November 16, 2011

Garlic Confit

I remember making lentils for the first time in my pressure cooker (this was before I went to culinary school). It blew up. My super-white kitchen was suddenly covered in yellow spots. The thing wouldn’t stop spewing lentils; I had to throw a towel over it. The problem, it turned out, was caused by a single lentil that had become stuck in the old-style pressure release valve, jamming it shut.

For years after that, I was scared to use a pressure cooker. But joining The Cooking Lab cured me of my fear as I saw how safe modern pressure cookers are when used properly — and how useful they are for risotto, stocks, vegetables… you name it. Because water boils at higher temperature inside a pressurized environment, risottos and other grains cook faster, in a pressure cooker, stocks are richer, and natural sugars caramelized more easily. Now I use a pressure cooker all the time — but only after I read the manual.

—Anjana Shanker, Development Chef

Recipe Tags

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We know of no better way to make stock than in a pressure-cooker. This approach vastly improves the yield, takes much less time, and produces a clearer liquid because it cooks the mixture at well over 100 ?C / 212 ?F, yet doesn Pressure-cooking accelerates both caramelization and Maillard reactions, an effect that we exploit in our caramelized carrot soup recipe. Pressure-cooking works especially well with alkaline foods, such as garlic. To avoid breaking jars or scorching retort bags in your pressure cooker, always use a trivet or rack to hold them off the bottom of the cooker. garlic confit

Additional Tips for Pressure-Cooking

  • Each model is different. Always read the manual before using your pressure cooker.
  • Our favorite model is the Kuhn Rikon Duromatic.
  • We love pressure cookers for three main reasons: economy, efficiency, and creativity. Pressure-cooking saves money on ingredients because it boosts yields; a pressure-cooked stock can be made from one-eighth as much meat as a conventional stove-top stock, for example. Pressure-cooking can cut cooking time by as much as three-quarters. And you can make creative use of the higher temperatures inside the cooker to achieve terrific effects that are hard to get any other way. Our recipe for carrot soup, for example, exploits the acceleration of caramelization and Maillard reactions that happen under pressure. Most any alkaline food (like the garlic in our confit) benefits from cooking this way at higher temperatures. So do grains and tough cuts of meat, which become tender more quickly in a pressure cooker.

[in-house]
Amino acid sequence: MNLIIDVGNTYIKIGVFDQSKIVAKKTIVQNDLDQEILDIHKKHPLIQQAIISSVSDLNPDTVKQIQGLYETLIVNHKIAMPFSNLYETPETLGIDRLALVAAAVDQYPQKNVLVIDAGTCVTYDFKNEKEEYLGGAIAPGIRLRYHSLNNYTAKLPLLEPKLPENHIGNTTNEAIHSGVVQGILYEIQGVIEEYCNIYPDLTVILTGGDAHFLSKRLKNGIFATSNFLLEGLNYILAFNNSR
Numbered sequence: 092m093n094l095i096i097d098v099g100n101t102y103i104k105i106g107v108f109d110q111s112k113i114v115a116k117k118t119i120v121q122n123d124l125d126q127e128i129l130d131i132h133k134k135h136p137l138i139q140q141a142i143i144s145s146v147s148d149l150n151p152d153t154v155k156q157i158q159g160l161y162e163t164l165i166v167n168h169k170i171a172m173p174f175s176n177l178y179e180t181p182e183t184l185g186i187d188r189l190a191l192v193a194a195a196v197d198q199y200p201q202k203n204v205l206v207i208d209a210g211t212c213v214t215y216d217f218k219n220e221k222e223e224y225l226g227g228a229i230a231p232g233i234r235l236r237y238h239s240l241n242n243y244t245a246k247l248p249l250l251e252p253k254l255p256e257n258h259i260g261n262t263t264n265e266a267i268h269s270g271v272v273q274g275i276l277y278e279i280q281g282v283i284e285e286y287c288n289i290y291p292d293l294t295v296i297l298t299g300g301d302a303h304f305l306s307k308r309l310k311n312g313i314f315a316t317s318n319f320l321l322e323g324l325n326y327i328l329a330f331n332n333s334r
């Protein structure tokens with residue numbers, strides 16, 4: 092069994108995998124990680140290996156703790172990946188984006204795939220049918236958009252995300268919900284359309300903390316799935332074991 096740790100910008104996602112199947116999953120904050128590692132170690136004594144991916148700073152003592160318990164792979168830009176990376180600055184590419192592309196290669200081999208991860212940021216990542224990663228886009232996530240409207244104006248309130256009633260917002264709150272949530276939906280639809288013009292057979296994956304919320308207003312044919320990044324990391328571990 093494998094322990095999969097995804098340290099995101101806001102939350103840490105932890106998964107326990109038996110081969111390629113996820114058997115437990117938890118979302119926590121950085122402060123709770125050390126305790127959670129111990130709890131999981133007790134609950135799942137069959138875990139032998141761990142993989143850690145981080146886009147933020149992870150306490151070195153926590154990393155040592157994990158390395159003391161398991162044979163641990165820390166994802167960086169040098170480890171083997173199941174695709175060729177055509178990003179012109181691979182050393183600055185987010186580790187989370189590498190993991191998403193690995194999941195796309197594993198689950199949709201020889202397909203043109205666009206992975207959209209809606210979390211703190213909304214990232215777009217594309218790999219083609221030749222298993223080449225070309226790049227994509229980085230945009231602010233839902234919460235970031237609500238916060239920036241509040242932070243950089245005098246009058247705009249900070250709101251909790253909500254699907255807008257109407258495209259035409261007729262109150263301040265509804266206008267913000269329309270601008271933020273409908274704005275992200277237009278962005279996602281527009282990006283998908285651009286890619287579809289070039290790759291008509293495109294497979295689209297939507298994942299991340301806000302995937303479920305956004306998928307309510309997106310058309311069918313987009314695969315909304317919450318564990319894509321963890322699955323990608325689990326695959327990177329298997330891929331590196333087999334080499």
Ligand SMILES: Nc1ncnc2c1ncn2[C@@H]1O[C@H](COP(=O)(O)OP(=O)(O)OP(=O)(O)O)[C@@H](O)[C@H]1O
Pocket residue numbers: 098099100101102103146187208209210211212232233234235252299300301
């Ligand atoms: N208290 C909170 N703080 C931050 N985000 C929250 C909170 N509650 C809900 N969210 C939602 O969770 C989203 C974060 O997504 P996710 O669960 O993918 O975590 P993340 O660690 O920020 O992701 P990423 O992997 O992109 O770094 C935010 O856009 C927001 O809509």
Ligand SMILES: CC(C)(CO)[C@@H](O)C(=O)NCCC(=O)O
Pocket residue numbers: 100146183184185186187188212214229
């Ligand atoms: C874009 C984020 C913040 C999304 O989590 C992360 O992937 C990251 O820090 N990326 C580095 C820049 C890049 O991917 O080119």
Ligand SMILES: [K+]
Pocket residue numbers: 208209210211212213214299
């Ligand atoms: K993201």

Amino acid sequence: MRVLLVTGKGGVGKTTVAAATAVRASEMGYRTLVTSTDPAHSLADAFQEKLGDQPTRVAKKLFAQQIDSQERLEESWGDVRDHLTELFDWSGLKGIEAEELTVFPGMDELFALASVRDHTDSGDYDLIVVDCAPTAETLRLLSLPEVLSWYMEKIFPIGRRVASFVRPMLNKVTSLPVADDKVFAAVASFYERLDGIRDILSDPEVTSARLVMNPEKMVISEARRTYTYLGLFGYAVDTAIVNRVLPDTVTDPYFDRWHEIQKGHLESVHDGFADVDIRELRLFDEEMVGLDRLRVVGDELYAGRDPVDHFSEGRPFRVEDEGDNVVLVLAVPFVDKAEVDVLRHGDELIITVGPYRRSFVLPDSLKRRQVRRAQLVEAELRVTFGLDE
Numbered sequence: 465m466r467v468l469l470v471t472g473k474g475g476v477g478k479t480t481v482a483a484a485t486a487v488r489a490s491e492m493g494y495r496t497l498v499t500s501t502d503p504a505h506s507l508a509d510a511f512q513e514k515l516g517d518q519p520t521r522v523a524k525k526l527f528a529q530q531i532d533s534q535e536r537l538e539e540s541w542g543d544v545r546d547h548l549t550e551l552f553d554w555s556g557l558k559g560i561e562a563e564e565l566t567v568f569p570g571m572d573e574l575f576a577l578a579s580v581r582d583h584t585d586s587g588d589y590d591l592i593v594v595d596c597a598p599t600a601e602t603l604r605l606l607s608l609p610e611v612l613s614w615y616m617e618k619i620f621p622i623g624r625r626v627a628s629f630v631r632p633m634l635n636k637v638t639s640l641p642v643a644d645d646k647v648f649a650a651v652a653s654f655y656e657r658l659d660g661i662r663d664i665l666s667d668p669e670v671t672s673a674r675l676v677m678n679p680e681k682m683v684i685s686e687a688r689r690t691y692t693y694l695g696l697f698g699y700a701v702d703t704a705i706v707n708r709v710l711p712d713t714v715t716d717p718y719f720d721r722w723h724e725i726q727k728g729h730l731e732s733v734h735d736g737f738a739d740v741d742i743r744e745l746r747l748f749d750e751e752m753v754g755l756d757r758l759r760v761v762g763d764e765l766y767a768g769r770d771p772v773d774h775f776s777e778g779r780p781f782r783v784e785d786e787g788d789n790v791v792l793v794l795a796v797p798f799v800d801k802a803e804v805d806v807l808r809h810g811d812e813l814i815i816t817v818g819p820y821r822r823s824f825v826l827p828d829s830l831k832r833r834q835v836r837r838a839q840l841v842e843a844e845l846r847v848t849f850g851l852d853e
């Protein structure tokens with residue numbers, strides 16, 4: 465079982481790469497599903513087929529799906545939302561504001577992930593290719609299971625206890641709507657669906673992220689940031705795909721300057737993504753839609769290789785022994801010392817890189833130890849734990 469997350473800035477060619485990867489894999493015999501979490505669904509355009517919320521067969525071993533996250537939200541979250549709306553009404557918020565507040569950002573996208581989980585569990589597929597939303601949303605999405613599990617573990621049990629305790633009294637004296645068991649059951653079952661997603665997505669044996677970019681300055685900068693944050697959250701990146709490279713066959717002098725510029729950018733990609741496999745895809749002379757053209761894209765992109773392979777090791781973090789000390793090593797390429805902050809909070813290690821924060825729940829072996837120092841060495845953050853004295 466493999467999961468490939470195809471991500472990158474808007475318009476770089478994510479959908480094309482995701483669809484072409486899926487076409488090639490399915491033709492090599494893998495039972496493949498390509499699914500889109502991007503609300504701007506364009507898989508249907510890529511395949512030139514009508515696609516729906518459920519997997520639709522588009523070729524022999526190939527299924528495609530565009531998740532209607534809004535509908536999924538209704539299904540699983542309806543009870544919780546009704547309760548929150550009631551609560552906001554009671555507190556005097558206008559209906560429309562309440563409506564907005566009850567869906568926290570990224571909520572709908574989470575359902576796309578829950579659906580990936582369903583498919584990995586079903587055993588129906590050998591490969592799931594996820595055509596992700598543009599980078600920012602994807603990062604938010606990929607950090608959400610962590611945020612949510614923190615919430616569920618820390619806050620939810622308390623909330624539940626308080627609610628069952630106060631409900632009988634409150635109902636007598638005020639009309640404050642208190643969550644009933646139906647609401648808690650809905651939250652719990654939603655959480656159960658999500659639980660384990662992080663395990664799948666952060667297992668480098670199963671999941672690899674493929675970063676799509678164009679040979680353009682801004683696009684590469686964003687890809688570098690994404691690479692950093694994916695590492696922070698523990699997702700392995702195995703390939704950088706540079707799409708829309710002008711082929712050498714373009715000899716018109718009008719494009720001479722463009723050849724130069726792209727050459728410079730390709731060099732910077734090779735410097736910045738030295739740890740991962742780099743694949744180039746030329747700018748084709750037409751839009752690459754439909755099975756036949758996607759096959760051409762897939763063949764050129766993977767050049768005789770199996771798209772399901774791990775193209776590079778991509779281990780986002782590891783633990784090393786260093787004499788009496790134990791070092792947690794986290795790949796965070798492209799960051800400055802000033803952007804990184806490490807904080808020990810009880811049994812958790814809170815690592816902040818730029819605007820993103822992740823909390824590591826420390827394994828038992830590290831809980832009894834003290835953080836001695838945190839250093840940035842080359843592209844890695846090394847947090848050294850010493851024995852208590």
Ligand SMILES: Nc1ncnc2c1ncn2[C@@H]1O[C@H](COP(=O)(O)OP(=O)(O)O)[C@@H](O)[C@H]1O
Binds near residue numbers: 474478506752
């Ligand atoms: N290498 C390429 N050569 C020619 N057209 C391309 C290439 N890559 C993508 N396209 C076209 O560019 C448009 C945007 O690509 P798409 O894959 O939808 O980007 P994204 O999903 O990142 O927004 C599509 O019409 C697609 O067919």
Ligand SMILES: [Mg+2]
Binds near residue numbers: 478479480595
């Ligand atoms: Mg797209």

• Most sous vide bags are not meant to withstand the high heat of pressure cookers. Use a retort bag instead.
  • If you are using a jar or retort bag in your pressure cooker, it is necessary to use the trivet or rack (included with most models) to hold the container off the bottom of the cooker. Otherwise the bag might scorch, or the jar might rattle and crack.
  • Pressure is created by steam. If you use a jar or bag, fill the pressure cooker with enough water to cover the trivet to a depth of about one-quarter inch, which should be enough to fill the container with steam at 1 bar / 15 psi above ambient atmospheric pressure.
  • Use rubber tongs to remove jars or bags so that you don't burn yourself.
  • When using a jar in your pressure cooker, the jar may crack if you tighten the lid of the jar fully. Back the lid off a quarter turn shy of tight to allow a small gap through which the air in the jar can escape as the contents expand with heat.
  • Most pressure cookers are not designed for canning, so we don't recommend using them to cook food that will be stored without refrigeration. Pressure canners are different from pressure cookers; a pressure canner has a gauge and a calibrated weight, which is crucial for assuring that the temperature inside has reached the pasteurization temperature that is called for in the recipe.
  • If you overheat a pressure cooker, it can become overpressurized and sustain damage to the flanges that hold the lid on. All pressure cookers include safety mechanisms release that steam if the pressure gets too high. But if steam is shooting out the release vent, then the liquid inside is probably boiling rapidly, which is not good for the food inside.
  • Never open a pressure cooker while it is pressurized. The sudden release of the hot steam and water can inflict serious burns.
  • To release the pressure before opening the cooker, run cold water over the lid and sides of the pot, or better yet set the pressure cooker in a sink filled with enough cold water to come about one third of the way up the cooker, and then run water over the top. A slower but simpler alternative is to remove the pressure cooker from the heat source and let the pressure subside naturally as the pot cools in the air.

Additional Tips for Garlic Confit

  • Try using duck fat instead of olive oil. We often do!
  • The cooking time in this particular recipe allows for a large margin of safety, so it can remain at room temperature indefinitely as long as the lid remains sealed. Once opened, the garlic confit will last about two months, refrigerated (the colder, the better).